Penitents sentence example

penitents
  • While I had no direct evidence the attendees were all registered sex offenders, the way they nodded and agreed at the mention of deviant sexual behavior made me feel I might be unique among like penitents.
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  • Mere Angelique Arnaud, who at this time put herself under his direction and wished to join the Order of the Visitation, attracted by its humility and sweetness, may be named as the most interesting of his innumerable penitents of this period.
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  • Of the Lenten fast or Quadragesima, the first mention is in the fifth canon of the council of Nicaea (325), and from this time it is frequently referred to, but chiefly as a season of preparation for baptism, of absolution of penitents or of retreat and recollection.
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  • The king and his courtiers joined in the processions in the garb of penitents, and scourged themselves with ostentation.
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  • In 1820 a band of flagellants appeared during a procession at Lisbon; and in the Latin countries, at the season of great festivals, one may still see brotherhoods of penitents flagellating themselves before the assembled faithful.
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  • For example, the priests are not to be chosen by the people; penitents are not to be present at ordinations (lest they should hear the failings of candidates discussed); bishops are to be appointed by the metropolitan and his suffragan; sub-deacons may not distribute the elements of the Eucharist; clerics are forbidden to leave a diocese without the bishop's permission.
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  • The less the Church could expect from its penitents, the more it was driven to trust to the miraculous efficiency of sacramental grace.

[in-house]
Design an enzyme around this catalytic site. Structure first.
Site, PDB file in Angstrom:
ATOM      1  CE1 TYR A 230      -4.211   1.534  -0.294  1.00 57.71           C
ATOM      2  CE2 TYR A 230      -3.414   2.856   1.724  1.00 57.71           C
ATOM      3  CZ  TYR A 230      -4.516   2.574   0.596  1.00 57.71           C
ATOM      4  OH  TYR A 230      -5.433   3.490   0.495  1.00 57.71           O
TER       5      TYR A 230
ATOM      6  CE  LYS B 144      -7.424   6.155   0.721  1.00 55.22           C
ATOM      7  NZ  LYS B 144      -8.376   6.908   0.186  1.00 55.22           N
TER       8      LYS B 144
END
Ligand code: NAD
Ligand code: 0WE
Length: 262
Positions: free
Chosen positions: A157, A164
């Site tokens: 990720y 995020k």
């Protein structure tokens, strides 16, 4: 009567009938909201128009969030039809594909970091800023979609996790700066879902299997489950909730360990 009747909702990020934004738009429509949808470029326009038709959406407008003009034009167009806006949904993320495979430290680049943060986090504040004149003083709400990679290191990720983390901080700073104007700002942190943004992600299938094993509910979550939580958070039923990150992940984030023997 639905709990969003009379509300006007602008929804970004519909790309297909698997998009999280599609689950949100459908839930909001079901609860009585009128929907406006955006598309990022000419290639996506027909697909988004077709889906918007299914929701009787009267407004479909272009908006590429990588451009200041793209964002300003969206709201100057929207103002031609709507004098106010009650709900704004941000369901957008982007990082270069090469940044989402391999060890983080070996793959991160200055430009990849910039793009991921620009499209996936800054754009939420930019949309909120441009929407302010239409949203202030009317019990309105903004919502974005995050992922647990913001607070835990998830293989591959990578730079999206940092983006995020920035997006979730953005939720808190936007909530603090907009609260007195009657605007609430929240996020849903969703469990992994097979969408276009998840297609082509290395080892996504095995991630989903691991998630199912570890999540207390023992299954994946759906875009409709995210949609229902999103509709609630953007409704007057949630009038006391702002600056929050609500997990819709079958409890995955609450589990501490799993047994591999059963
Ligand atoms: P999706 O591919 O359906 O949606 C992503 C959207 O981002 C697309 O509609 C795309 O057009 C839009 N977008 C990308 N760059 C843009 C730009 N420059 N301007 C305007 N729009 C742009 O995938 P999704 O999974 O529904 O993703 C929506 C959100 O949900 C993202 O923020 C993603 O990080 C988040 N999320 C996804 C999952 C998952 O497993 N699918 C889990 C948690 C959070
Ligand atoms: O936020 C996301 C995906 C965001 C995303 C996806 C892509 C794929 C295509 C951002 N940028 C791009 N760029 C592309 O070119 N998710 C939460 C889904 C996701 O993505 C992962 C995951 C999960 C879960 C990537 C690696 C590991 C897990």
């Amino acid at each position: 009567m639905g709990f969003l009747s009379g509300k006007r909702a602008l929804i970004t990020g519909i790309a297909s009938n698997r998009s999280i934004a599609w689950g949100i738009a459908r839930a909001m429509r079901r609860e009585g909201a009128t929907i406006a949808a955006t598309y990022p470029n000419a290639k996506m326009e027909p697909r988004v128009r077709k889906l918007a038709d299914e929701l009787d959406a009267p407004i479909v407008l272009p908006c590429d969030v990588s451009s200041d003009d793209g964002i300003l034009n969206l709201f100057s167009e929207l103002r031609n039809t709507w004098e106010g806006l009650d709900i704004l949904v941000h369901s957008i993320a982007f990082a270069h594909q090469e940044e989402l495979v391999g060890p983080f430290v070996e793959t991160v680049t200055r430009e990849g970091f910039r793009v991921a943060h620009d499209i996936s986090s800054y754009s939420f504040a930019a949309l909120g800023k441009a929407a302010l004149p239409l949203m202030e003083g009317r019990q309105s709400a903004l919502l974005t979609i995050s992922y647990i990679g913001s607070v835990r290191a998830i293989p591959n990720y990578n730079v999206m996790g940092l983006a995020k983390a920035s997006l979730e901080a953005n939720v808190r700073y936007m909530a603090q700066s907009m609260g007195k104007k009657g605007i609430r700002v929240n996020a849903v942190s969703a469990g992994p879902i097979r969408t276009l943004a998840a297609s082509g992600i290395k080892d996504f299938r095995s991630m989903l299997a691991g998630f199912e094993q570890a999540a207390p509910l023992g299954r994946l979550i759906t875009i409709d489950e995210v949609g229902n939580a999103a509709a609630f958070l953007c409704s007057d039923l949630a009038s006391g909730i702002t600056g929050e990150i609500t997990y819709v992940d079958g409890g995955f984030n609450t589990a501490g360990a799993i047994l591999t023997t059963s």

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  • As for most penitents, all they cared for was to scrape through by the skin of their teeth.
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  • The fraternity of White Penitents buried the body with great ceremony, and performed a solemn service for the deceased as a martyr; the Franciscans followed their example; and these formalities led to the popular belief in the guilt of the unhappy family.
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  • The regulation as to convents seems partly due to a desire to avoid the worry and expenditure of time involved in the discharge of such offices and partly to a conviction that penitents living in enclosure, as all religious persons then were, would be of no effective use to the Society; whereas the founder, against the wishes of several of his companions, laid much stress on the duty of accepting the post of confessor to kings, queens and women of high rank when opportunity presented itself.
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  • The catechumens or unbaptized, together with the penitents, remained in church during the Litany, collect, three lections, two psalms and homily.
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  • Eighteenth-century Italy looked on religion with apathetic indifference, and Liguori convinced himself that only the gentlest and most lenient treatment could win back the alienated laity; hence he was always willing to excuse errors on the side of laxity as due to an excess of zeal in winning over penitents.
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  • The priest, vested in a violet cope, prays that God may send His angel to hallow the ash, that it become a remedium salubre for all penitents.
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  • The monks were, strictly speaking, penitents wearing the cowl, and not allowed to take a part in church government.
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  • On the morning of the same day the penitents were released from their fast.
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  • He extended his reforms to the collegiate churches (even to the fraternities of penitents and particularly that of St John the Baptist), and to the monasteries.
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  • They could be added to the satisfactions actually done by penitents.